Nan Whaley | WOSU Radio

Nan Whaley

Andrew Harnik / Associated Press

One of Sen. Sherrod Brown’s earliest supporters says she has mixed feelings that he won’t be running for the White House next year.

The city of Dayton recently announced a new program designed to reduce demand for prostitution with 21st century tools. The initiative uses digital technology and social media to target people convicted of trying to buy sex. The new campaign is called the Buyer's Remorse initiative.

Officials say it modernizes the city’s longstanding practice of publishing the names and home addresses of people convicted of trying to hire prostitutes.

Under the new program, the city will now publish that information online on a newly created website: buyersremorsecampaign.com.

As someone who grew up in Dayton and has called Cincinnati home since 1982, it is hard for me to imagine the mayors of the two central cities of my life talking to each other on a regular basis, much less liking each other.

Rep. Troy Balderson (R-Ohio) is up for re-election this year, as is President Trump, who helped campaign for him in 2018.
Carolyn Kaster / Associated Press

The maps of Ohio’s 2018 election results for governor, attorney general, auditor, secretary of state and treasurer look a lot like the 2016 Ohio results map for president. Election analysts have some theories about why that is, and if that means Ohio should loses its status as a “swing state.”

Nan Whaley / Facebook

Richard Cordray continues to consolidate support for his run for Ohio governor, as another former Democratic rival drops out of the race and backs his campaign.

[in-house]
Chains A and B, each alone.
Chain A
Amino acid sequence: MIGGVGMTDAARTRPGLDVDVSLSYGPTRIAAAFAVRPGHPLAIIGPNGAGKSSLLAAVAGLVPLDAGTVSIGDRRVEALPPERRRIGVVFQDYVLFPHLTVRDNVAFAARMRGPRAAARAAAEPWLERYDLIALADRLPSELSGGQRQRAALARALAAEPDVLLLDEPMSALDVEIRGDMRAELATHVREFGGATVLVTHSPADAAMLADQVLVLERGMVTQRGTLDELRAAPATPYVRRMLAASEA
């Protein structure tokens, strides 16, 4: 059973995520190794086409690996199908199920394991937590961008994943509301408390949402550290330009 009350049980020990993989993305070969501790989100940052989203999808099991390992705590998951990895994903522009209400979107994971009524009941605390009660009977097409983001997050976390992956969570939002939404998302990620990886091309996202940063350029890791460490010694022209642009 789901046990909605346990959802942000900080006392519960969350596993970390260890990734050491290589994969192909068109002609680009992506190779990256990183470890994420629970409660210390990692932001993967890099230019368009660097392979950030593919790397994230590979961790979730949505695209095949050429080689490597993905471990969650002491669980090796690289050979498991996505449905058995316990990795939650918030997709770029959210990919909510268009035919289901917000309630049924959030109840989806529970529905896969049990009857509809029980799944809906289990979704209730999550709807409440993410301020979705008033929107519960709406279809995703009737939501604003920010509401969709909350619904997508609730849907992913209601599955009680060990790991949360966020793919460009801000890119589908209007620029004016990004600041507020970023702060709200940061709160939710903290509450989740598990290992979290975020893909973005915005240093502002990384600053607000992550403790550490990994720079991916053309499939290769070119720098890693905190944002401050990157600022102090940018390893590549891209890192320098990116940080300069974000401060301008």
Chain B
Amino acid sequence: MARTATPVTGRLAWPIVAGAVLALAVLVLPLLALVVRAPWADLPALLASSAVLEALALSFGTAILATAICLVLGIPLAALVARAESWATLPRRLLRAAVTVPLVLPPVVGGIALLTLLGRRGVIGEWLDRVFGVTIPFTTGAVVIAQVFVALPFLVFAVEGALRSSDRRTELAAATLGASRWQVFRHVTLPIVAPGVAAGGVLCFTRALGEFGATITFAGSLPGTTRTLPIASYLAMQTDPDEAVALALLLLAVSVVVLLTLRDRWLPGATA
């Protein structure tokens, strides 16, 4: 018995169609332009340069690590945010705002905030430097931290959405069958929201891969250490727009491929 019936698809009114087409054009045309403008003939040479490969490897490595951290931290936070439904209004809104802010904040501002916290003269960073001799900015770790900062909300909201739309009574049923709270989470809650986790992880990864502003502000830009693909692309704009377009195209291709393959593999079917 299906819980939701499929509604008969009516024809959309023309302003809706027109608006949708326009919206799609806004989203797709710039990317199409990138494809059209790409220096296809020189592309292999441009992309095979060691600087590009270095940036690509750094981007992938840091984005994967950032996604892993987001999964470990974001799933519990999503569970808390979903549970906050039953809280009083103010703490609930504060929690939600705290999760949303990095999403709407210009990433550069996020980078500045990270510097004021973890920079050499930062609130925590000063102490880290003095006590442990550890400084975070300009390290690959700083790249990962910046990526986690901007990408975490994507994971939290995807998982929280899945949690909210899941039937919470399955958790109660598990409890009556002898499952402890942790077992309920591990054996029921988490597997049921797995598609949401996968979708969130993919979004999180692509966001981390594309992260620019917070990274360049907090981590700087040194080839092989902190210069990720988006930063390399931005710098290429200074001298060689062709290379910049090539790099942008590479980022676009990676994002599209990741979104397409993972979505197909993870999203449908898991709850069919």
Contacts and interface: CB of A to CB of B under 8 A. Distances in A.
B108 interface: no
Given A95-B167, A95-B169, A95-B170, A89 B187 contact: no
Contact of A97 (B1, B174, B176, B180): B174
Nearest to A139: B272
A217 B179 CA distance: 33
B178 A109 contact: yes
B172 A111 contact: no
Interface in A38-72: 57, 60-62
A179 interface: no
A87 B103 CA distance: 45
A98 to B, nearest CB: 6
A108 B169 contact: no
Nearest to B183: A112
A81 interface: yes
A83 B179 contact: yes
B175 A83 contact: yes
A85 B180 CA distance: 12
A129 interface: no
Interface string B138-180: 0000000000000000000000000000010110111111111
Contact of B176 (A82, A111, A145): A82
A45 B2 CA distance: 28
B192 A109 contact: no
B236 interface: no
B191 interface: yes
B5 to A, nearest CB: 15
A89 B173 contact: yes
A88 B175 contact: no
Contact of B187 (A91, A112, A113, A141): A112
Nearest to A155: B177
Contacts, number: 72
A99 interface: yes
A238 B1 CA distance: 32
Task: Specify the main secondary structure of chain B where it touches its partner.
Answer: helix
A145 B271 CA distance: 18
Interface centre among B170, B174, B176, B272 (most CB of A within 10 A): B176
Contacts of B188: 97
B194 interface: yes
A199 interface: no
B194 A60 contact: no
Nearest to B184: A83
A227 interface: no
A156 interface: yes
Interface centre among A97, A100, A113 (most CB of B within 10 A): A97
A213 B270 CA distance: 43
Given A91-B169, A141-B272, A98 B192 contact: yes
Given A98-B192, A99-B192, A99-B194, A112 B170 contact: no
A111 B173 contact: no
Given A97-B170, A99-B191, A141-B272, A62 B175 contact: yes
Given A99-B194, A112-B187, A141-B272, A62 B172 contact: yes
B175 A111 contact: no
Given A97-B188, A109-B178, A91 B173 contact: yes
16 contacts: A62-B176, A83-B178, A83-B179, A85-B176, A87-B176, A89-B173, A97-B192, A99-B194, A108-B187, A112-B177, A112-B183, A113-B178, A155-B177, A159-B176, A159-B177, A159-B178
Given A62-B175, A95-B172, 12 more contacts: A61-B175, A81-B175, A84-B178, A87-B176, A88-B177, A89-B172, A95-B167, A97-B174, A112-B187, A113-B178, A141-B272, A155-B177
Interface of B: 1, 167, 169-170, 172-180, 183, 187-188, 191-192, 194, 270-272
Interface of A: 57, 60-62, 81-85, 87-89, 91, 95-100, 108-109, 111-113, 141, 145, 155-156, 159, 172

Former State Rep. Connie Pillich, State Sen. Joe Schiavoni, former U.S. Rep. Betty Sutton and Dayton Mayor Nan Whaley (left to right) met for their third debate, this time in downtown Cleveland.
Ideastream

Four Democratic candidates for Ohio governor largely avoided criticizing one another in Monday night’s City Club of Cleveland debate, focusing their condemnation instead on Republican state leadership.

Dayton Mayor Nan Whaley, former U.S. Rep. Betty Sutton, State Sen. Joe Schiavoni and former State Rep. Connie Pillich discussed opioids, health care and education during the hour-long event at the Idea Center at Playhouse Square.

Julie Carr Smyth / Associated Press

Ohio's Democratic candidates for governor will hold their second debate on Monday night, in an event conspicuously lacking one declared and one soon-to-be candidate. The debate, co-hosted by ideastream at The City Club of Cleveland, begins at 7 p.m. You can stream the event below.

Wikimedia

The already-large field of candidates running for Ohio governor next year could soon grow even more. Former Ohio attorney general and Grove City native Richard Cordray said on Wednesday that he's leaving the top post at the Consumer Financial Protection Bureau.

Ohio Democratic governor candidates Connie Pillich (from left), Joe Schiavoni, Nan Whaley and Betty Sutton took part in the first Democratic debate in Martin's Ferry.
Ohio Democratic Party / Facebook

There are nearly seven months until the primary for governor next year. But the four announced Democratic candidates for governor proceeded as if the race is well underway as they met for their first debate last night in Martin’s Ferry on the West Virginia border.

The Ohio Statehouse
Flickr / Creative Commons

The candidates in next year's race for governor have filed their fundraising reports. The Republican candidates brought in $4.5 million, far outraising their Democratic counterparts.

Nan Whaley/Facebook

Democrat Nan Whaley is using a re-election campaign for Dayton mayor that's not subject to state contribution limits to raise money for her 2018 bid for Ohio governor.

Nan Whaley/Facebook

As the fourth Democrat to enter the Ohio governor's race, Nan Whaley wants to take what she's learned as mayor of Dayton and bring it to the rest of the state.

Facebook

A day after a second Republican came into the race for governor, a fourth candidate has announced she'll campaign for the Democratic nomination.

Dayton Tries To Snag Businesses Upset About New Indiana Law

Apr 1, 2015
Flickr / Creative Commons

Officials in Dayton are aiming to capitalize on backlash against a religious-objections law in neighboring Indiana that critics say could permit discrimination against gays and lesbians.

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